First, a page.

What would you do if you heard about a place called Nacho's in the suburbs? Not a chance right? Sounds like someone's excuse to serve monstrous plates of high calorie, cheese smothered food. Now, what if all you did was add the word Supermercado. Nacho's Supermercado. Ok, I suppose it sounds a bit like a joke, but it is real and it is in downtown Hopkins. We simply could not resist checking it out because nothing about the name and location made sense. I was careful not to research it so that our surprise would be complete. What we found, was definitely a surprise, in more ways than one.
Were there nachos? Nope. Was it a supermercado? Not really. Did they have a tortilla press, excellent barbacoa and three types of tamales? Well, of course. Lucky us…again.
To start, we barely found the place which boasted an address on Mainstreet but actually was around the corner, with the entrance half a block down 10th. Once inside the "supermercado" we found a sparse and clean looking taqueria with a magazine rack and some popsicles. Other than that, it was all taqueria, no supermercado, which was fine with us. The menu, at least what was written, had nine options: Tacos, Tamales, Burritos, Quesadillas, Enchiladas, Empanadas, Tortas, Sopes, and a Platillo con carne asada.
The choice for us was fairly easy. We hadn't had tamales for the last two or three reviews. Check. Tacos, as per the agreement in our article about Latin eateries in the Twin Cities. Check. Empanadas were an awfully interesting item on a 9 dish menu. Check. Sopes, why not, they are always one of our favorites. Check.
We sat down, still amazed at finding this place and half dazed from the flurry of Spanish that we just tried to digest. You see, I made the mistake of ordering in half-Spanish and saying "gracias" too many times. Eventually the guy behind the counter just started speaking to me fully in Spanish and I kept nodding as if understanding every third word was enough. In the end, I knew that we had ordered something and that the bathrooms were upstairs. Don't ask me what the handwritten sign by the register said, I have no idea. Something about soup and meat. I think we may have missed an opportunity to try a special, but let's not dwell on missed opportunities.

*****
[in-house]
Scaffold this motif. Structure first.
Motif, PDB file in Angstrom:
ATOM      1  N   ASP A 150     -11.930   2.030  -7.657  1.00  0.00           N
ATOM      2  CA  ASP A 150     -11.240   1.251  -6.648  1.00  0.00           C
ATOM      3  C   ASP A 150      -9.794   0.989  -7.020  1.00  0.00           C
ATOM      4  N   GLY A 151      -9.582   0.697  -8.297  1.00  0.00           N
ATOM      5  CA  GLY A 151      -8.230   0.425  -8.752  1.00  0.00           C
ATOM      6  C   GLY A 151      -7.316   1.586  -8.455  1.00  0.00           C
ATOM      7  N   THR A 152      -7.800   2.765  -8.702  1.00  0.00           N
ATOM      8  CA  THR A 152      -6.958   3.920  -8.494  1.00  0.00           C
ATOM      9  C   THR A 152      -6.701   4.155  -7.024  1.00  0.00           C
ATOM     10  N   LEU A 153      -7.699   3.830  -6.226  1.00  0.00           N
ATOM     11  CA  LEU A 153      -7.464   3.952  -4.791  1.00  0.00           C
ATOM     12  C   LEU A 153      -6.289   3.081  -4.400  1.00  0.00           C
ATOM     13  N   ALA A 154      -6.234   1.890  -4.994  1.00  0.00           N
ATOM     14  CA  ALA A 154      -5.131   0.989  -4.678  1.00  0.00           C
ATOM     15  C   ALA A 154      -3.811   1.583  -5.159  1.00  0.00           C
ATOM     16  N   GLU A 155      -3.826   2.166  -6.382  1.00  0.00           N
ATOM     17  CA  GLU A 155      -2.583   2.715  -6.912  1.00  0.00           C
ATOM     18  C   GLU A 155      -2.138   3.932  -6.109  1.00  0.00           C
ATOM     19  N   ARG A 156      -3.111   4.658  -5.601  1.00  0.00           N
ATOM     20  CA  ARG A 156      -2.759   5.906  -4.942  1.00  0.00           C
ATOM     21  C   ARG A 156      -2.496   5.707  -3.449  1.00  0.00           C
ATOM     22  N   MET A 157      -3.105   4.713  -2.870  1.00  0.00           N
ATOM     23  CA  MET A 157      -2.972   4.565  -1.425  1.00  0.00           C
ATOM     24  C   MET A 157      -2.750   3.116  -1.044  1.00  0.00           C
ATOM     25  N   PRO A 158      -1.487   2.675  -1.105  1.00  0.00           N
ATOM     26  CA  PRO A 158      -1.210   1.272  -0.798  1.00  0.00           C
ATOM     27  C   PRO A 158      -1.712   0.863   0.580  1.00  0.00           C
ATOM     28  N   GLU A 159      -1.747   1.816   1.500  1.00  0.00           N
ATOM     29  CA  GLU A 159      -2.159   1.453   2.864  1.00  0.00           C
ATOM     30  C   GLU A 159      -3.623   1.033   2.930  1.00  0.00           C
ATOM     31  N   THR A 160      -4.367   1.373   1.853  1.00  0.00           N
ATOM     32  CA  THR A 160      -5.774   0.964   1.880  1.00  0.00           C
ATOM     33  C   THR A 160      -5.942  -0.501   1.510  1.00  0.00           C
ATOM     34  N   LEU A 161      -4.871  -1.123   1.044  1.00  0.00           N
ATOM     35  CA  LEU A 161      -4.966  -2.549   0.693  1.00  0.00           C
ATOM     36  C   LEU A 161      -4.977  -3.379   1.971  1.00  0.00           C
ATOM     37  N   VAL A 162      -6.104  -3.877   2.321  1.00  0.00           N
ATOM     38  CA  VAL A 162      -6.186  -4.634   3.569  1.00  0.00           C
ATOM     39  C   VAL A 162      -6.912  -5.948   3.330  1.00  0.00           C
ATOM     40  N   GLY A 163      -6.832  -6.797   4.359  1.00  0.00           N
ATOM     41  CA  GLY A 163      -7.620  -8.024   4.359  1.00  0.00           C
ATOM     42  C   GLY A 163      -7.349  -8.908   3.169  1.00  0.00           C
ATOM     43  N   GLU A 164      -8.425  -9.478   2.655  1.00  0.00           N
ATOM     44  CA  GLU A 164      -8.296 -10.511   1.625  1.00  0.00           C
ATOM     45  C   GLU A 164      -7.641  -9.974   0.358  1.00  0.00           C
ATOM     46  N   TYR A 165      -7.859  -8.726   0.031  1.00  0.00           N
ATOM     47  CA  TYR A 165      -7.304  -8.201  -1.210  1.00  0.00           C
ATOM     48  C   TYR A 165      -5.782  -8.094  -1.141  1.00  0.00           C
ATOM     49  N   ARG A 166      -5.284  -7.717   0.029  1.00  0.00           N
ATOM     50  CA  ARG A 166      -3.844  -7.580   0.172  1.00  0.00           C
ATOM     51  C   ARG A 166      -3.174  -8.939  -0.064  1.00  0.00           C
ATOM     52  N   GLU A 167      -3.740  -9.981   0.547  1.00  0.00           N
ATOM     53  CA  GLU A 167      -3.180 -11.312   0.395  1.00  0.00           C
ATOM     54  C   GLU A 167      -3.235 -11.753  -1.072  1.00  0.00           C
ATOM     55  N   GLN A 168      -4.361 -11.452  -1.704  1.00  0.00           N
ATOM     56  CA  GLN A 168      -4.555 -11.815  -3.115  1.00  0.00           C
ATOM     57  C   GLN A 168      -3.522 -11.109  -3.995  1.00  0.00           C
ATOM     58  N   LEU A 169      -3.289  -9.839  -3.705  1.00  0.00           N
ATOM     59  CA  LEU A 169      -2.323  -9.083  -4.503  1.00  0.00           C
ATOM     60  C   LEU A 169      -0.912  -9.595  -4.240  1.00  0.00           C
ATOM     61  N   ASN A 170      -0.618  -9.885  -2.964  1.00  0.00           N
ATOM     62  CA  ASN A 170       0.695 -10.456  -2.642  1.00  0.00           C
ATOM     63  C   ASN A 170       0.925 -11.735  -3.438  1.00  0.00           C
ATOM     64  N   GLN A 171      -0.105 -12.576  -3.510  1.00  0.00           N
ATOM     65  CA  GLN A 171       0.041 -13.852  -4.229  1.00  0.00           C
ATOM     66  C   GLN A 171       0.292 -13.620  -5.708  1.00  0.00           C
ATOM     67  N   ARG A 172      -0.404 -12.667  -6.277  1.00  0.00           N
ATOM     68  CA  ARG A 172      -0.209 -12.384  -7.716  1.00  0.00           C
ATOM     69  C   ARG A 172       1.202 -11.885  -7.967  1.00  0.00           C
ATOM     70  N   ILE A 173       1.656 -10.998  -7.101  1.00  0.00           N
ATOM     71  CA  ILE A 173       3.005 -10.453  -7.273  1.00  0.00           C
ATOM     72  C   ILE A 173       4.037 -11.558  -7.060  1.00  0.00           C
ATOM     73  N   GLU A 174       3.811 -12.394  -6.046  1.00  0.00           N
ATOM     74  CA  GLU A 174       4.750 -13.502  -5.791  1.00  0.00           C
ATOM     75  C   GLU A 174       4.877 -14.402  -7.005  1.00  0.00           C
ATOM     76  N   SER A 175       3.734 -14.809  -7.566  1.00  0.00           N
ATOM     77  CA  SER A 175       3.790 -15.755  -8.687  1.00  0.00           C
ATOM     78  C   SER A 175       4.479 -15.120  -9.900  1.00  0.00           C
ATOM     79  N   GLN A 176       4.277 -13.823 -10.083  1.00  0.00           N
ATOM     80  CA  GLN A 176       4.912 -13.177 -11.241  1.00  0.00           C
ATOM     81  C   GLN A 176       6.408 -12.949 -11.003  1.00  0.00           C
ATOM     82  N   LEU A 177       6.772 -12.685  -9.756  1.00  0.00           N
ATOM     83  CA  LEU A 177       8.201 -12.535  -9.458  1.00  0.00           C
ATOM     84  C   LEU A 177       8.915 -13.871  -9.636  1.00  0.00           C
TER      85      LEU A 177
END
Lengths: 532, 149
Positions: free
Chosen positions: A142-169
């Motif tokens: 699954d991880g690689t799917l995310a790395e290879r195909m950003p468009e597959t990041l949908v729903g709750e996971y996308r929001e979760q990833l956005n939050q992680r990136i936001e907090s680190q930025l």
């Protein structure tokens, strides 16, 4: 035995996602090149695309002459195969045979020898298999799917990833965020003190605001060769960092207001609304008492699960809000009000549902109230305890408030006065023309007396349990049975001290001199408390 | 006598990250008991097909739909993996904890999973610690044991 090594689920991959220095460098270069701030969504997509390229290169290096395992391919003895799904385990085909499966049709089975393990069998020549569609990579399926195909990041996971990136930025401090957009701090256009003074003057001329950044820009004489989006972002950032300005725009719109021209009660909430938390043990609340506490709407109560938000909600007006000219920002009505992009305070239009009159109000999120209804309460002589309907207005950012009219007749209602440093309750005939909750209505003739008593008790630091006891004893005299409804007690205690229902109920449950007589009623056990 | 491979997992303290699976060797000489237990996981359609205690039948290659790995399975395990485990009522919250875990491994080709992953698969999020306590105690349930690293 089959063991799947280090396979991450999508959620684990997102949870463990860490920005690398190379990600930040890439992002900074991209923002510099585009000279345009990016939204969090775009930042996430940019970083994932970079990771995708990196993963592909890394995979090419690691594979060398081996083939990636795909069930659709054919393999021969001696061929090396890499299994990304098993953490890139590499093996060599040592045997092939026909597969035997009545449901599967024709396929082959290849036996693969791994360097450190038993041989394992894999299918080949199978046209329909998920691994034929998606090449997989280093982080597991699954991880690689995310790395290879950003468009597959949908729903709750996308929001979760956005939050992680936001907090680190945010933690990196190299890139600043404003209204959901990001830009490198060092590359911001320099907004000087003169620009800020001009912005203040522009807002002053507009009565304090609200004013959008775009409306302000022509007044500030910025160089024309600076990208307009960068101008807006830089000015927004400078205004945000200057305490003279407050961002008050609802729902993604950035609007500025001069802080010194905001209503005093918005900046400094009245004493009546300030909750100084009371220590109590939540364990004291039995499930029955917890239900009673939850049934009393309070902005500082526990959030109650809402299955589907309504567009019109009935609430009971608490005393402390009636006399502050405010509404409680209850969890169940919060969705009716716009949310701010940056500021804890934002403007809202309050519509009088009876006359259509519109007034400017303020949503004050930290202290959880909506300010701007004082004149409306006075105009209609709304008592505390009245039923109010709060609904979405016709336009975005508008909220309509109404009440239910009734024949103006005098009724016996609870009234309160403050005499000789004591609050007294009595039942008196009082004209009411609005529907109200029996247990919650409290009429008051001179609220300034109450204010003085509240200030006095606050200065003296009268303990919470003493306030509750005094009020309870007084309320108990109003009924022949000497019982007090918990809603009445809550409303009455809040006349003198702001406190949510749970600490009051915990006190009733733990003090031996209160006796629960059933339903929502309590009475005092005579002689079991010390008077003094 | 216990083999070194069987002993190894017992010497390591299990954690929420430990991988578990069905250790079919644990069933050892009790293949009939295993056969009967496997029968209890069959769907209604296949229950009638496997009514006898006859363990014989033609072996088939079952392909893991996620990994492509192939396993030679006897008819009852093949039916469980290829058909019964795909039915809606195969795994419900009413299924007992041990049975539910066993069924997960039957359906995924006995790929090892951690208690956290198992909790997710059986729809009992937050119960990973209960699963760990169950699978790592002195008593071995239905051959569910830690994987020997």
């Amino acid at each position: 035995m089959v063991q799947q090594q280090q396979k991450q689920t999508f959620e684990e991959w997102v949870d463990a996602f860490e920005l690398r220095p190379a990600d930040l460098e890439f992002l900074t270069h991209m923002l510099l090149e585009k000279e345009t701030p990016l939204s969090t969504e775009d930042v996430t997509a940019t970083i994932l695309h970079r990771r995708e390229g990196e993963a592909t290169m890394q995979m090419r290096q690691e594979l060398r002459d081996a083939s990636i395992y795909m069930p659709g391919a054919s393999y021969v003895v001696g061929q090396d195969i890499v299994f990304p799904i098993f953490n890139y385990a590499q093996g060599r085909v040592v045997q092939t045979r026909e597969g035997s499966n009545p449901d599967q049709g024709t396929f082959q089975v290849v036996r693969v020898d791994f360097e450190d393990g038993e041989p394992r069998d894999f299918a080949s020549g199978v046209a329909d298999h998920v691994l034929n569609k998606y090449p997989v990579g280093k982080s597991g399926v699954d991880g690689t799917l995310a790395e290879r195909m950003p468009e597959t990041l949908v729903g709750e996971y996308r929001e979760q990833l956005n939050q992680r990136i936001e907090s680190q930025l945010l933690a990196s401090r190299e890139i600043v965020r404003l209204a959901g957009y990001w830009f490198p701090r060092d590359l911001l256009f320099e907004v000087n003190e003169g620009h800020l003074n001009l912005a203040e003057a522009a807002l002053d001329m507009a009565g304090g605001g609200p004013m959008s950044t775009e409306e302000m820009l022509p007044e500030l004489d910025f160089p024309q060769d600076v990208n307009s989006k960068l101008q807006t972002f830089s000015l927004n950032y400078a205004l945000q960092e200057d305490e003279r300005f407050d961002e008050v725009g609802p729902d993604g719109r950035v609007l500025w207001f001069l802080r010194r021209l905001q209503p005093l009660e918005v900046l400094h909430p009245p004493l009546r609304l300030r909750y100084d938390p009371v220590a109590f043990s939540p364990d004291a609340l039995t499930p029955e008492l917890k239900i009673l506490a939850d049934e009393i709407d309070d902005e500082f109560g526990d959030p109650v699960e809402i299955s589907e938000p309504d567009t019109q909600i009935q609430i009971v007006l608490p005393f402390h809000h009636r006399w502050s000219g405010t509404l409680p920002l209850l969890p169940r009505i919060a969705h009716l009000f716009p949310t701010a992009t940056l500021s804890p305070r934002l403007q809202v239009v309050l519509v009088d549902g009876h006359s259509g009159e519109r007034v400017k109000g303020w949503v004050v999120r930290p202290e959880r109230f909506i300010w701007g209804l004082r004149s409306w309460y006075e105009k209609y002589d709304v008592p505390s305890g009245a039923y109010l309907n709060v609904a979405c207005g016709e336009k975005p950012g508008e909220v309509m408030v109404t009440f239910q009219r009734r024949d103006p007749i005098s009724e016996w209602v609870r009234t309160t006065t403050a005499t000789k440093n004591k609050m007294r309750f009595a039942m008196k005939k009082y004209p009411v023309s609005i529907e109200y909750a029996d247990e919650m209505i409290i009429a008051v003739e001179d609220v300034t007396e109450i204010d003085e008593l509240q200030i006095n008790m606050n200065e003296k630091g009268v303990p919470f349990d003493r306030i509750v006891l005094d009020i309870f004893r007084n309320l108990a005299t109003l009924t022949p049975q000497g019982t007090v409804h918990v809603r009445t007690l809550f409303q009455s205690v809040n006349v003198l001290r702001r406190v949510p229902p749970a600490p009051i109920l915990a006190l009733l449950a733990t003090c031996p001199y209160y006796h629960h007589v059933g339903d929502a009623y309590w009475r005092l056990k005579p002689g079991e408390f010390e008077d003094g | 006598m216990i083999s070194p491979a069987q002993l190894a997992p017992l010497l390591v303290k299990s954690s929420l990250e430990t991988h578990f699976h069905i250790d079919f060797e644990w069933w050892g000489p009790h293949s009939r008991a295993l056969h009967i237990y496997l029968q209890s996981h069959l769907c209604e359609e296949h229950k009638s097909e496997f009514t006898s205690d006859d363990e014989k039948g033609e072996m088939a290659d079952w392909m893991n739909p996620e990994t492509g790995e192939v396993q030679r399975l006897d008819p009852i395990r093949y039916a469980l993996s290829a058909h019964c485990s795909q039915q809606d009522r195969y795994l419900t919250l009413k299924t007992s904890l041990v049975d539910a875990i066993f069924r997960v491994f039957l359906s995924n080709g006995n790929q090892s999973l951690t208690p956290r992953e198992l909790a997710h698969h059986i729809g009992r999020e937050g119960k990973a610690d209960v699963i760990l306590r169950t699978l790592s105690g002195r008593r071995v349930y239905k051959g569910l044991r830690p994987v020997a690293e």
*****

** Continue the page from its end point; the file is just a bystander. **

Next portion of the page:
The other thing we noticed while waiting for our food was the woman working the tortilla press. As soon as she heard us order sopes, she went to work on some dough, first by hand and then with a press. We also got to watch her making tamales by hand a little later in the afternoon. This place was shaping up to be quite the little gem. We were really starting to wonder what the food would be like.
The empanadas came out first, hot from the fryer and we could barely wait while I snapped some photos. These empanadas seemed unique right off the bat as they were quite good sized and sliced open on one side to look somewhat like a hard shelled taco (but not really at all like one.) They were supremely good and satisfying. We ordered one shrimp and one chorizo as recommended by the workers. The chorizo one was filled with lettuce, sour cream, cheese and was a nice balance of hot, fried, spicy, meaty and cool, creamy, crispy, resfreshing. It was just delicious, especially because the chorizo was nice and peppery and not overly spiced. Did I mention it was greasy? Yum.
The shrimp empanada made me a little skeptical, but I was cured instantly. This one also had cheese, sour cream and lettuce, but added the kick of jalapeños with a tangy tomato sauce. It was so good and so different from the chorizo version. It really made us wonder about the chicken or cheese empanadas. So far, so amazing.